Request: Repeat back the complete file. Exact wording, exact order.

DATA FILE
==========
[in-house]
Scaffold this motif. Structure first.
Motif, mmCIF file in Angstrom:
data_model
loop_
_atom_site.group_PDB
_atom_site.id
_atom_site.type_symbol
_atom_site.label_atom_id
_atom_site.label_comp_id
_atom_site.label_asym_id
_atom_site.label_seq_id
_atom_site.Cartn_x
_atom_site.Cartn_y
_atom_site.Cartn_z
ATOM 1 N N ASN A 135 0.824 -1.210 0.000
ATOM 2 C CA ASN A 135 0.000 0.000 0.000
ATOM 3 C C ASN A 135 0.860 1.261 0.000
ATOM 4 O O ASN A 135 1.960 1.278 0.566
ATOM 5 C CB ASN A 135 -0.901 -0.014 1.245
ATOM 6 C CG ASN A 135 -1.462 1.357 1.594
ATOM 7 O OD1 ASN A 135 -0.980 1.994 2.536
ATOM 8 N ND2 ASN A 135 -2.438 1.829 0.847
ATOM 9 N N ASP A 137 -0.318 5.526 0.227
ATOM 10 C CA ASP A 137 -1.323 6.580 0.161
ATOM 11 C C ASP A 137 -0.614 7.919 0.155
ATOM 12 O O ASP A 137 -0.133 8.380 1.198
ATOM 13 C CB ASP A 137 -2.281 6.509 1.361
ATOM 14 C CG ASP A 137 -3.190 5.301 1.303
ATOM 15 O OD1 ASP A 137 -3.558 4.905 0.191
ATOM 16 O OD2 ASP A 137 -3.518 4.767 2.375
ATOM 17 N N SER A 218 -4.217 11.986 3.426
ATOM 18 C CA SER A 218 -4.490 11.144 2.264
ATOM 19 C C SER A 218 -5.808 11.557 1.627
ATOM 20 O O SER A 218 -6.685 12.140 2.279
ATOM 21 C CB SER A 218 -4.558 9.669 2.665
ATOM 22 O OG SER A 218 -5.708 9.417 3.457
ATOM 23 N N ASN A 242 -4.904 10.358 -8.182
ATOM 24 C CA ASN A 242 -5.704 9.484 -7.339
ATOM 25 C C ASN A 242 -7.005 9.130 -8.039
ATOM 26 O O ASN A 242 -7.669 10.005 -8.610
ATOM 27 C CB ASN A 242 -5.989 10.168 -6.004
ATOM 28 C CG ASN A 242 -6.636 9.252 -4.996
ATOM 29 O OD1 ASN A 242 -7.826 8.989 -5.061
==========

[in-house]
Scaffold this motif. Structure first.
Motif, mmCIF file in Angstrom:
data_model
loop_
_atom_site.group_PDB
_atom_site.id
_atom_site.type_symbol
_atom_site.label_atom_id
_atom_site.label_comp_id
_atom_site.label_asym_id
_atom_site.label_seq_id
_atom_site.Cartn_x
_atom_site.Cartn_y
_atom_site.Cartn_z
ATOM 1 N N ASN A 135 0.824 -1.210 0.000
ATOM 2 C CA ASN A 135 0.000 0.000 0.000
ATOM 3 C C ASN A 135 0.860 1.261 0.000
ATOM 4 O O ASN A 135 1.960 1.278 0.566
ATOM 5 C CB ASN A 135 -0.901 -0.014 1.245
ATOM 6 C CG ASN A 135 -1.462 1.357 1.594
ATOM 7 O OD1 ASN A 135 -0.980 1.994 2.536
ATOM 8 N ND2 ASN A 135 -2.438 1.829 0.847
ATOM 9 N N ASP A 137 -0.318 5.526 0.227
ATOM 10 C CA ASP A 137 -1.323 6.580 0.161
ATOM 11 C C ASP A 137 -0.614 7.919 0.155
ATOM 12 O O ASP A 137 -0.133 8.380 1.198
ATOM 13 C CB ASP A 137 -2.281 6.509 1.361
ATOM 14 C CG ASP A 137 -3.190 5.301 1.303
ATOM 15 O OD1 ASP A 137 -3.558 4.905 0.191
ATOM 16 O OD2 ASP A 137 -3.518 4.767 2.375
ATOM 17 N N SER A 218 -4.217 11.986 3.426
ATOM 18 C CA SER A 218 -4.490 11.144 2.264
ATOM 19 C C SER A 218 -5.808 11.557 1.627
ATOM 20 O O SER A 218 -6.685 12.140 2.279
ATOM 21 C CB SER A 218 -4.558 9.669 2.665
ATOM 22 O OG SER A 218 -5.708 9.417 3.457
ATOM 23 N N ASN A 242 -4.904 10.358 -8.182
ATOM 24 C CA ASN A 242 -5.704 9.484 -7.339
ATOM 25 C C ASN A 242 -7.005 9.130 -8.039
ATOM 26 O O ASN A 242 -7.669 10.005 -8.610
ATOM 27 C CB ASN A 242 -5.989 10.168 -6.004
ATOM 28 C CG ASN A 242 -6.636 9.252 -4.996
ATOM 29 O OD1 ASN A 242 -7.826 8.989 -5.061